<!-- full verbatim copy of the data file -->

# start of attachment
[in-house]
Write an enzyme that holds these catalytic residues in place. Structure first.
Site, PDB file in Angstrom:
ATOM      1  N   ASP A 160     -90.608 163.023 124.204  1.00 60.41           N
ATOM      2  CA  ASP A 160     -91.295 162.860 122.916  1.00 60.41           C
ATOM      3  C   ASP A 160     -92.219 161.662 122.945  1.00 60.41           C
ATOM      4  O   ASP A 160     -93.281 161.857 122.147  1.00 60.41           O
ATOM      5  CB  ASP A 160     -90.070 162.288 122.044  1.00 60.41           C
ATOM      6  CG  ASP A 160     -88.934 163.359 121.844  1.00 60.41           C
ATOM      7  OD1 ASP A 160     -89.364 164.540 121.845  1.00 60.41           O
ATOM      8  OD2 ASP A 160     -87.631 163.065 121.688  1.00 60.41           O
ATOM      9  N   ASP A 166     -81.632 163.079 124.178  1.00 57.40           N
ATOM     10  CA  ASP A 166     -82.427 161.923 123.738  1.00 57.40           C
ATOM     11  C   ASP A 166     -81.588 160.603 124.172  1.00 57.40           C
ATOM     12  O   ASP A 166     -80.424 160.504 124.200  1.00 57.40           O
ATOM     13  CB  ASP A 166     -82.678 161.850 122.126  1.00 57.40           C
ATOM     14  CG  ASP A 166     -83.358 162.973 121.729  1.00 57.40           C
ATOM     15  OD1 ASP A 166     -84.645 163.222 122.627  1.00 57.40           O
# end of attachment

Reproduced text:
[in-house]
Write an enzyme that holds these catalytic residues in place. Structure first.
Site, PDB file in Angstrom:
ATOM      1  N   ASP A 160     -90.608 163.023 124.204  1.00 60.41           N
ATOM      2  CA  ASP A 160     -91.295 162.860 122.916  1.00 60.41           C
ATOM      3  C   ASP A 160     -92.219 161.662 122.945  1.00 60.41           C
ATOM      4  O   ASP A 160     -93.281 161.857 122.147  1.00 60.41           O
ATOM      5  CB  ASP A 160     -90.070 162.288 122.044  1.00 60.41           C
ATOM      6  CG  ASP A 160     -88.934 163.359 121.844  1.00 60.41           C
ATOM      7  OD1 ASP A 160     -89.364 164.540 121.845  1.00 60.41           O
ATOM      8  OD2 ASP A 160     -87.631 163.065 121.688  1.00 60.41           O
ATOM      9  N   ASP A 166     -81.632 163.079 124.178  1.00 57.40           N
ATOM     10  CA  ASP A 166     -82.427 161.923 123.738  1.00 57.40           C
ATOM     11  C   ASP A 166     -81.588 160.603 124.172  1.00 57.40           C
ATOM     12  O   ASP A 166     -80.424 160.504 124.200  1.00 57.40           O
ATOM     13  CB  ASP A 166     -82.678 161.850 122.126  1.00 57.40           C
ATOM     14  CG  ASP A 166     -83.358 162.973 121.729  1.00 57.40           C
ATOM     15  OD1 ASP A 166     -84.645 163.222 122.627  1.00 57.40           O